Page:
Oklahoma Centennial: Newspapers Played Leading Roles In Early Oklahoma
Sunday, February 11th 2007, 2:19 pm
News On 6
OKLAHOMA CITY (AP) _ Nearly every town and city in Oklahoma and Indian Territories had its own newspaper.
Some had as many as five papers, each owned by printers who came here hoping to make their living in the new territory from their craft of printing.
Trays of hand set type, some sort of press turned by manpower crank (there was no electricity), steel page forms, wooden blocks to add space where needed, type assembly sticks, quoin keys and other tools of the 1890s print shops.
A few pre-statehood newspaper owners didn't bother with printing one. They sent copy up to Kansas where they had arranged with a printer there to print their new newspaper and get bundles of it on the next train to the Oklahoma Territory.
Nearly every printer put out a small news sheet, paid for by ads of the new merchants. They did it to make a living, develop some influence and help the political faction they supported for the next election.
If their candidates lost they tried to align themselves with the winner. Some moved on. But papers on the side of election winners got the government printing and public notices. That's how idealism worked in those days.
In the early part of the 20th Century, 1900s plus, idealistic editors wrote colorful word pictures boosting their town to be a city. They gave support to civic leaders and reported on violations of the laws of those frontier days.
One of the earliest editors was Milton W. Reynolds who came from Kansas to establish the Edmond Sun in 1889. He was such a good friend of the Indians they honored him with the name ``Kicking Bird.''
The first newspaper was in far northeastern Oklahoma, then Indian Territory. In 1844 it was brought to near Tahlequah by the Cherokee Tribe. Named The Cherokee Advocate, it used a syllabary developed by Sequoyah.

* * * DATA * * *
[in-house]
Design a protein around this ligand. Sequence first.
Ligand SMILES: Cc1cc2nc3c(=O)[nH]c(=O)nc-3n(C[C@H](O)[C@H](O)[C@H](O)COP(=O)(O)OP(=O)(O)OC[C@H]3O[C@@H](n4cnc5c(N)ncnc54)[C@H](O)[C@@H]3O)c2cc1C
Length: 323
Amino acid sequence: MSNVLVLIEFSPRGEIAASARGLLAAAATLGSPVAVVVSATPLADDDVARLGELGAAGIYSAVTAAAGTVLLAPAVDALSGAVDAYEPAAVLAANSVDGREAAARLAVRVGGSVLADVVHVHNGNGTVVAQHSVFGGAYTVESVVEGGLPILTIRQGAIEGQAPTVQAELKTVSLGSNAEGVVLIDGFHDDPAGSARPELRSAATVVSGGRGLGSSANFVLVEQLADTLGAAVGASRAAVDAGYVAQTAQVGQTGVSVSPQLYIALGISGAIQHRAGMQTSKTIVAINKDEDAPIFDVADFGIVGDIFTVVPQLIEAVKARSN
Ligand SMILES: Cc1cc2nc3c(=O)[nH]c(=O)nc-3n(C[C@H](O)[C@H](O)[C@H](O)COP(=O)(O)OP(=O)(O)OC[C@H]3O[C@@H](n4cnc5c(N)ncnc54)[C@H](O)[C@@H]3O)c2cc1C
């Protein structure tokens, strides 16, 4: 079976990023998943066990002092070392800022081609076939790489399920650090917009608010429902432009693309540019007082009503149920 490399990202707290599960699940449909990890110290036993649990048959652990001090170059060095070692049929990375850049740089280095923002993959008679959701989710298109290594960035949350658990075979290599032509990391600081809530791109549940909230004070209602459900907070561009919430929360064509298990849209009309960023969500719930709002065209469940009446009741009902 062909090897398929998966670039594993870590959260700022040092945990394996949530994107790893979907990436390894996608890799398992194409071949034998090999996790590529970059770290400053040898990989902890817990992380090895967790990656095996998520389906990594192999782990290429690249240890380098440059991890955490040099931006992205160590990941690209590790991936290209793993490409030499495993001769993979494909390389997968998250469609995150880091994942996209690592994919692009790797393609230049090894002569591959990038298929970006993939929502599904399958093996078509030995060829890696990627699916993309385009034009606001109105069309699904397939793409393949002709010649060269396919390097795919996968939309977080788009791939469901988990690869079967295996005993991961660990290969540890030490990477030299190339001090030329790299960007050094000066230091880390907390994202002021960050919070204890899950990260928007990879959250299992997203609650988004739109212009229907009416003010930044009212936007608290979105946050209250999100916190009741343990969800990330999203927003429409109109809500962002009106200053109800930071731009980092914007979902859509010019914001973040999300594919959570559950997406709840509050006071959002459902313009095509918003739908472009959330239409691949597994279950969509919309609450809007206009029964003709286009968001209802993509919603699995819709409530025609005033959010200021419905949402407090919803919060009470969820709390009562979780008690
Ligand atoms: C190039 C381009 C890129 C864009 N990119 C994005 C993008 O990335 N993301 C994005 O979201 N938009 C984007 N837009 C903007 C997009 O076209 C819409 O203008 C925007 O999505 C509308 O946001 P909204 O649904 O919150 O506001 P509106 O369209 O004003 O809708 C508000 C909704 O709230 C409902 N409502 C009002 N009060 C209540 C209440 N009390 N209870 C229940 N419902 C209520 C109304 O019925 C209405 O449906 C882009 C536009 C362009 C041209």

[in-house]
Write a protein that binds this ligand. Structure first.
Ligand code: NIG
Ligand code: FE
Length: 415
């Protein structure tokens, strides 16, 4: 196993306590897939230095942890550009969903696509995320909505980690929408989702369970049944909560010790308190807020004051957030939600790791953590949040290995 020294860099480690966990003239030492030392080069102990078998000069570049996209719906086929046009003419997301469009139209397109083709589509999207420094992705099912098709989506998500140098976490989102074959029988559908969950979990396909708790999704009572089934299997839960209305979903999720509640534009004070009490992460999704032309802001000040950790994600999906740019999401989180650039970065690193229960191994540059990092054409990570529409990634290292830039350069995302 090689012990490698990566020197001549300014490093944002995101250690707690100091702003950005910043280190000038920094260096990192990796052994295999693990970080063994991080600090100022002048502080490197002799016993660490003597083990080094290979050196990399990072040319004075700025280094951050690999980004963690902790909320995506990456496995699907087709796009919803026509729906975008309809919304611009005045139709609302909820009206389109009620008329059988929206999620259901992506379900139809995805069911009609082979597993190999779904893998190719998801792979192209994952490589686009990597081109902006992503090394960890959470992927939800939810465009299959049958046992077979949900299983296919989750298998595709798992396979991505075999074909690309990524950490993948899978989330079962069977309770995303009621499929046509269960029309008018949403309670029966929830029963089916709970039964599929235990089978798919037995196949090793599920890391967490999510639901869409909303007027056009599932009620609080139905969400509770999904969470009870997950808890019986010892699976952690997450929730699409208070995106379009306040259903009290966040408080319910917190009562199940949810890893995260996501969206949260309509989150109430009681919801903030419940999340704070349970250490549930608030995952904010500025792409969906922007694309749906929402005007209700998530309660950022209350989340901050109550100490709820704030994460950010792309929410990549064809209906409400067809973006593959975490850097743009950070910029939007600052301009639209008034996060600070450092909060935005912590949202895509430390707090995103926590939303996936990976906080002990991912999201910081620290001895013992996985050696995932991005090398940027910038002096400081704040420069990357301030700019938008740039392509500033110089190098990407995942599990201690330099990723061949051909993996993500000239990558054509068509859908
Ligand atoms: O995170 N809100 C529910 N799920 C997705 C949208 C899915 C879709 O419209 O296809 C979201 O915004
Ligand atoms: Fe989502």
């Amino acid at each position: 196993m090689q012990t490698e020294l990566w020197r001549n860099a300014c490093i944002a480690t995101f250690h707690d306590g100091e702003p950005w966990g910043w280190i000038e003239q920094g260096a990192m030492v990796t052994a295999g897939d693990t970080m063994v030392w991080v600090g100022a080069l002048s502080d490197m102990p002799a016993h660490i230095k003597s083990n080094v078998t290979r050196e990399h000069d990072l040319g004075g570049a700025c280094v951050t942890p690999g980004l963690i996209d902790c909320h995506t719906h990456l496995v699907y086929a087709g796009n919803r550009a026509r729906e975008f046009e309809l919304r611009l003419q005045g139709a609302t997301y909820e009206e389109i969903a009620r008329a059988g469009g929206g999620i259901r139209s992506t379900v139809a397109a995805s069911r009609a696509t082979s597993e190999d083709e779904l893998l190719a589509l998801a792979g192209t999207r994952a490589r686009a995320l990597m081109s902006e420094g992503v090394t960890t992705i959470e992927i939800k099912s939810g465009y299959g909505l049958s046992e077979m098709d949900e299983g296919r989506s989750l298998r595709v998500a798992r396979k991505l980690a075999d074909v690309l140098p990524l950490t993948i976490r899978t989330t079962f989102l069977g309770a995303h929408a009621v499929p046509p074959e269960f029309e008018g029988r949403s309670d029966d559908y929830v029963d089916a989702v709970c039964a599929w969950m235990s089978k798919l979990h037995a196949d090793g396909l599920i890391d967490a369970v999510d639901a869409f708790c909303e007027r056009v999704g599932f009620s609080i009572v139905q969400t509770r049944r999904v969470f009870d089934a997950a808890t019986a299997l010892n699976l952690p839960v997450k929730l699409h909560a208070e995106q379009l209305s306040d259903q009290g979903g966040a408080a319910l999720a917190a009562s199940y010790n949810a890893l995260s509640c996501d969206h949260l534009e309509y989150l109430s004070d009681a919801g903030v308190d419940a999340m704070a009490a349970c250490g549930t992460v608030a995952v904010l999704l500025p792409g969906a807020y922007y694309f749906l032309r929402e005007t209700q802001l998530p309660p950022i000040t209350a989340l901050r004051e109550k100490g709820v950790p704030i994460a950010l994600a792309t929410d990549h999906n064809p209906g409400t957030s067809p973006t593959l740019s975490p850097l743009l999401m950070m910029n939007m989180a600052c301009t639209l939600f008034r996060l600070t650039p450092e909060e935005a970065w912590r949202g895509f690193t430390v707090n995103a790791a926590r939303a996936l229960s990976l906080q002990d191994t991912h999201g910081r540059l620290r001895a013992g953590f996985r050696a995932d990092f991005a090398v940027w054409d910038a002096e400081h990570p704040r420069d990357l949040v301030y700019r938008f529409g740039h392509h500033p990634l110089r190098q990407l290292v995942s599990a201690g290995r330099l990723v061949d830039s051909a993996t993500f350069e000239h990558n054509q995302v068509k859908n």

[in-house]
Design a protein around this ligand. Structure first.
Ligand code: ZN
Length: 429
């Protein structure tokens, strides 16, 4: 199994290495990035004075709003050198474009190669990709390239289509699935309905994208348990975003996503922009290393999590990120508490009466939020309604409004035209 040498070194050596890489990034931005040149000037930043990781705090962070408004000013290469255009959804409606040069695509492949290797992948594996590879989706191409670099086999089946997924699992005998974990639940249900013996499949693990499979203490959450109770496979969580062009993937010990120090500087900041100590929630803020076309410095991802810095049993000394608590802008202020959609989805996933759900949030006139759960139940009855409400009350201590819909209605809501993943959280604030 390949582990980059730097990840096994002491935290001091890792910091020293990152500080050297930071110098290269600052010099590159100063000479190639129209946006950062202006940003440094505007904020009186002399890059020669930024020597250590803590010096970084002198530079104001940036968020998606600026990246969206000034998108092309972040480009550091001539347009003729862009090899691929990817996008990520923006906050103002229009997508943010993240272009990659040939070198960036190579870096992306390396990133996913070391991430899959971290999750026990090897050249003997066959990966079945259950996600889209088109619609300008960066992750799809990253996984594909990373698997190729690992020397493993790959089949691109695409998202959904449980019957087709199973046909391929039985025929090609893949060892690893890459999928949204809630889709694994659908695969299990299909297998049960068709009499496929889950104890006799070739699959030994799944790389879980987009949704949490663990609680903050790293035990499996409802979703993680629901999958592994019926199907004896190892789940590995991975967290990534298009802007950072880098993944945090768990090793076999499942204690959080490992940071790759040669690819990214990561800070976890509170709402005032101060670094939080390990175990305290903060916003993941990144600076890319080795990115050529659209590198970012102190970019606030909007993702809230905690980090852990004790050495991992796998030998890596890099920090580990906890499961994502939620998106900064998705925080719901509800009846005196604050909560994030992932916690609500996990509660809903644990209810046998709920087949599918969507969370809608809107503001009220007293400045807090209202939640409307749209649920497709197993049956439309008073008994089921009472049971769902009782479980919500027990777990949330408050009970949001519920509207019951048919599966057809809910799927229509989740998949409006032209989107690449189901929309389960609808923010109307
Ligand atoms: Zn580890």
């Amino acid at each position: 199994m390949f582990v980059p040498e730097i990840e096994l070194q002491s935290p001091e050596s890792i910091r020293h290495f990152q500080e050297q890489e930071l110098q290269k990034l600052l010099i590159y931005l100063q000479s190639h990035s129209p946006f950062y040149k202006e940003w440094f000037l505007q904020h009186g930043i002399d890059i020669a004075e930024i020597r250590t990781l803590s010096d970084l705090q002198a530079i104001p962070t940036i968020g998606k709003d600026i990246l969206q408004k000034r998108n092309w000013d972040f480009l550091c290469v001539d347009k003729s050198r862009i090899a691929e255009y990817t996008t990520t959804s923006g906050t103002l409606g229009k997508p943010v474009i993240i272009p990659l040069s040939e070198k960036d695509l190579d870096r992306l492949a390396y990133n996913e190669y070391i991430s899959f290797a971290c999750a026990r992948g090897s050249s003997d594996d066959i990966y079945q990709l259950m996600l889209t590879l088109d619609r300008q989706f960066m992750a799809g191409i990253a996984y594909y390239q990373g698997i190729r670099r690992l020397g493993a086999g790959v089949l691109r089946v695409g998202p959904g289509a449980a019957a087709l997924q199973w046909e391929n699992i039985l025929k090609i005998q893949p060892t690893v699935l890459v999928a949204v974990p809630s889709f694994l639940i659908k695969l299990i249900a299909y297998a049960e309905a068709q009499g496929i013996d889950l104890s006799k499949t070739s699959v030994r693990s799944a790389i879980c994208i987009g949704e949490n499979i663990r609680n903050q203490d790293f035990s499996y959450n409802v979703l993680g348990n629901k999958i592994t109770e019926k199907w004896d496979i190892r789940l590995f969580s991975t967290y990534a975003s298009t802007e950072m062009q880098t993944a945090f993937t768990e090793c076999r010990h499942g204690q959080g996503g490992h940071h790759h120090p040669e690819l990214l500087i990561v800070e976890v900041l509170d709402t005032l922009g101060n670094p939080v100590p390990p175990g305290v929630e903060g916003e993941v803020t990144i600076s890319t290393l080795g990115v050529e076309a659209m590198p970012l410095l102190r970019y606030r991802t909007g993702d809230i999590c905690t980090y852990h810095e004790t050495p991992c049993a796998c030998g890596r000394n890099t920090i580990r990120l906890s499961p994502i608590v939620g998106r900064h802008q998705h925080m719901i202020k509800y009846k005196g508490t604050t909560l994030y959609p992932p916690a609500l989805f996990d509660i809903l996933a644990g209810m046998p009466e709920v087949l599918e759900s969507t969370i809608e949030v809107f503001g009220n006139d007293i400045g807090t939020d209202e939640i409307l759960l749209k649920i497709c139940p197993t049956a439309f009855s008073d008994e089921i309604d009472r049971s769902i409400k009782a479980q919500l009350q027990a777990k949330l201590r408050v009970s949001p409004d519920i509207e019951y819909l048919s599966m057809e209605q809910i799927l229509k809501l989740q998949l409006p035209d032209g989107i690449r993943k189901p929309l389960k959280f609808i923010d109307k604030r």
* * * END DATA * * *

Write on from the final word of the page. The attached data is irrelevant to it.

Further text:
Some say its 86-character alphabet was easier to learn than English because it used syllables instead of 26 characters in the English alphabet.
The Indian Territory Press Association was formed at Muskogee in 1888.
In 1890 the Oklahoma Territory Press Association was organized at Purcell.
The two merged at Shawnee in 1906 _ a year before statehood. It became the Oklahoma Press Association which exists to this day.
Editor Frank Greer of the Guthrie Daily State Capital constantly criticized the first legislature and early state leaders.
The legislature, Gov. Charles Haskell and others got so fed up with Greer's editorials that one night they took the state seal and moved the seat of state government from Guthrie to Oklahoma city.
That's how the beautiful state capitol building in Guthrie was abandoned. Voters approved the move in 1910.
Over the century, more than 500 Oklahoma weekly and daily newspapers were started, some lasted only a few issues.
Today Oklahoma boasts a large number of newspapers for its size. There are 236 newspapers in Oklahoma; 46 dalies, 190 weeklies. Ten have been published for more than 100 years.
Some editors had a big influence on both their community and the state. The list is long but must include Ferguson of Watonga, Gaylord, Sullivant and Dungee of Oklahoma City, Lorton, Jones and Goodwin of Tulsa, Shepler of Lawton, Garber and Taylor of Enid, Milt and Tom Phillips of Seminole and Holdenville, Mayo of Sallisaw, the Livermores, Engleman, Muchmores, Bellattis, Reids, Cains, John Stone of Muskogee, Pate of Madill, Nance of Purcell, McBride of Anadarko and many other strong personalities.
They put out quality newspapers and wrote aggressive editorials hoping to influence readers and government. Chain ownership began in the 1930s and is extensive today. Most weeklies are still family owned as are 13 of the 46 dailies.
For more information on Oklahoman's newspapers, see ``The Story of Oklahoma Newspapers'' by Dr. Ed Carter.